Friday, December 31, 2010

Recapping 2010 in photos

I just put up a set of 62 of my favorite images from 2010. Included below are 12 of those.

Looking forward to more photos, more questions and answers, and more fun in 2011. Send me your questions and comments. Thanks!



Vertical Girl
Space Needle

Tristen and Finnegan
Greenwood Car Show
The Lingerie Addict
Iva Handful
Eleya and Heather Rose
Happy New Year!

Thursday, December 23, 2010

Going with what you've got

Each year there is a procession of decorated boats in the waters around Seattle. They start out at the beginning of December, going to various locations around the Puget Sound and culminate on December 23. One of the main stops on Dec 23 is Lake Union, near Gasworks Park.

The weather is always a concern. Two years ago we had big snowstorms and the snow covered hills of Gasworks park nicely reflected the lights from the boats and from the city skyline. I had my trusty Canon G9 with me that evening and realized that there wasn't going to be much chance of getting a clear image of the boats. Between the darkness, me hand holding the little camera, and the movement of the boats on the water, I had to go outside the box.

I went back to my mantras of "embrace the blur" and experimented with camera motion to make more abstract captures. I really enjoyed them, and was back out there again this evening in the light rain with my Canon G10.

I turned off the built-in image stablization on the camera, held it in front of me and tried various wrist movements to see what I could capture. Sometimes I rolled my wrists, sometimes I swirled. Sometimes I just moved in random motions. Here are some of the results:


The crowd in Gasworks Park in 2008

In one of those acts of synchronicity, Craig Tanner has picked one of my holiday ships images for Photo of the Week on The Mindful Eye website.

Thursday, December 16, 2010

A few more...

I realized I didn't include any full-length images using the white diffuser on the PLM in the previous post. Here are some examples with the diffuser...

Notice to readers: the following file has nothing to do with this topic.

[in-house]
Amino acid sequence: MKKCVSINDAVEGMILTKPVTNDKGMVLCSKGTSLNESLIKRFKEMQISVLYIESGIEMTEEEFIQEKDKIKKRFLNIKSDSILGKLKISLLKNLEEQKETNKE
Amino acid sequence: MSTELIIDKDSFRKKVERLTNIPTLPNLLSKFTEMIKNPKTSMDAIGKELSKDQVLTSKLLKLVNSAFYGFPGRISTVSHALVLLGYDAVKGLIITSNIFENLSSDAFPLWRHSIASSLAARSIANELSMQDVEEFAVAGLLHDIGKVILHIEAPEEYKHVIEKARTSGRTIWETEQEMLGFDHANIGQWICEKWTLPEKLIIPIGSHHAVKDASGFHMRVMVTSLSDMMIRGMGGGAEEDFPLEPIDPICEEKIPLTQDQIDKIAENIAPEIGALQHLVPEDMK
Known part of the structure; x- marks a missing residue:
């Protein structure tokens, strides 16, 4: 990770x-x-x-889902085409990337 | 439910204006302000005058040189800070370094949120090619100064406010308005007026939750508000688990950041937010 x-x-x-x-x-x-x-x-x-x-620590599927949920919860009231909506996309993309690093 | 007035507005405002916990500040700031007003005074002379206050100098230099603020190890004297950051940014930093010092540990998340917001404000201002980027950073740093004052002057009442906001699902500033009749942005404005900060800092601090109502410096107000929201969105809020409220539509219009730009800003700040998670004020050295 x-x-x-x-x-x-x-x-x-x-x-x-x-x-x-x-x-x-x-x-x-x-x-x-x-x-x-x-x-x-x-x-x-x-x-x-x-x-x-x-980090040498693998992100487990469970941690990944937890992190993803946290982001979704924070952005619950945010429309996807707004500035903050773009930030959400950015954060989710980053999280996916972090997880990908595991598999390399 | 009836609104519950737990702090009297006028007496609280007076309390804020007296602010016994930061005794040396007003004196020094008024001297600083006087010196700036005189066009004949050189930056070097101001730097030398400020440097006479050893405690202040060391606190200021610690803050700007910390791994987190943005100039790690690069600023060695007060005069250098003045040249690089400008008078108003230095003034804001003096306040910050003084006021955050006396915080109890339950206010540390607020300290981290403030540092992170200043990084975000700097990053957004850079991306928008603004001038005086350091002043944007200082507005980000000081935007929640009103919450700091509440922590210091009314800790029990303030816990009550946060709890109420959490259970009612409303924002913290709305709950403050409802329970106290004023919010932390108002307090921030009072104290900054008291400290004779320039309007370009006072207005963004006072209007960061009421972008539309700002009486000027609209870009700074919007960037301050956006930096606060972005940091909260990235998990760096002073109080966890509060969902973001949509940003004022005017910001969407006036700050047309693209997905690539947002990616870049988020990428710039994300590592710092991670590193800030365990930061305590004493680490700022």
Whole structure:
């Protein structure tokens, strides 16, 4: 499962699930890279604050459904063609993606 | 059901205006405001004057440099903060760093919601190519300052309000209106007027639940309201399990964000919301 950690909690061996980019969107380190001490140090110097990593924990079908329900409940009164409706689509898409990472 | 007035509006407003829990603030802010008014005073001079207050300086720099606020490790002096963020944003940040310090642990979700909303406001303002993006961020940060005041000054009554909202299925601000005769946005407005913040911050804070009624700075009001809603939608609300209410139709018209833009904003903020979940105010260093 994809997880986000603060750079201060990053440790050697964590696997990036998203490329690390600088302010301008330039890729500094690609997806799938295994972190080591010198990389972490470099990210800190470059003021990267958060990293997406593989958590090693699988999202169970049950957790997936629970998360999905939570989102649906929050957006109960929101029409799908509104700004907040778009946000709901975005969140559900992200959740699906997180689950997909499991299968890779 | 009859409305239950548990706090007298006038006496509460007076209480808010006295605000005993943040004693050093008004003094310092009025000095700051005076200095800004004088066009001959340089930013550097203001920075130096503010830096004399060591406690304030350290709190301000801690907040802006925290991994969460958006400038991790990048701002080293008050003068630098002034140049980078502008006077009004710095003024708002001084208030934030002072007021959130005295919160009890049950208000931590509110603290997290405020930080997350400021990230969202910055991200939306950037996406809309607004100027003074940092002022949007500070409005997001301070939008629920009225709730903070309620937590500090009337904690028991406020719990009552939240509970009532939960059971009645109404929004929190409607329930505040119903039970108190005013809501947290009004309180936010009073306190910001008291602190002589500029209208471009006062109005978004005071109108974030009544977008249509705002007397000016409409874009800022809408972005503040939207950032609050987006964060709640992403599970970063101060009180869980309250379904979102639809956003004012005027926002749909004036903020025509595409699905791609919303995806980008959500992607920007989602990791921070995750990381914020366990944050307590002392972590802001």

f/5.6, 1/6 second
f/6.3, full power
f/6.3, full power

More PLM photos

Nothing to compare this time, just some examples to look at. I took the PLM to my office today and we played around with it in a camera club meeting. These were taken with a Speedotron 805 pack and 102 head with the 84" PLM. These are all without the diffuser except for the last image. The camera was a Canon 5DmkII with the 70-200 f/4 L IS lens. The PLM is approximately 16 feet from the subjects, I am standing in front of the PLM. Background is white seamless, just a short distance behind the subjects.
This gives an idea of the size of the PLM
f/5.6, strobe power lowered down

f/13, full power (800ws)

f/13, full power

f/14, full power

Looking into the PLM, f/22, 0.3 seconds, lens zoomed during exposure
f/32, 0.5 seconds, lens zoomed   

f/5.6, with diffuser

Tuesday, December 14, 2010

More light comparisons

About a week ago I got an 84" silver PLM* from Paul Buff (Alien Bees/White Lighting). I haven't had a chance (or the room, this is a very large item) to really give it a good test, but this evening I had some time available to do a set of comparison images with the PLM and a few other light modifiers. The PLM is mounted to the light using the new speed ring assembly that I modified to fit my Speedotron flash heads.

I will start by saying that I really don't like using a mannequin for lighting demonstrations. The surface of the mannequin doesn't mimic skin, and the eyes have painted in catch lights. But it does allow me to have a "model" that doesn't move between images while I'm changing out the lights. So, when looking at the following examples, pay more attention to the edge of the shadow that the mannequin casts. See which lights will give you harder or softer shadows.

The mannequin in this series is 18" in front of the background. This is much closer than I would normally place a portrait subject. But for beauty or experimental work I might sometimes have the model right against the background. The light stand is 117" (9.7 feet, 2.3 meters) from the nose of the mannequin. The light is situated just over my left shoulder, almost straight on to the mannequin in all but the last image. The last image is with a ring light, so the camera is on axis with the light.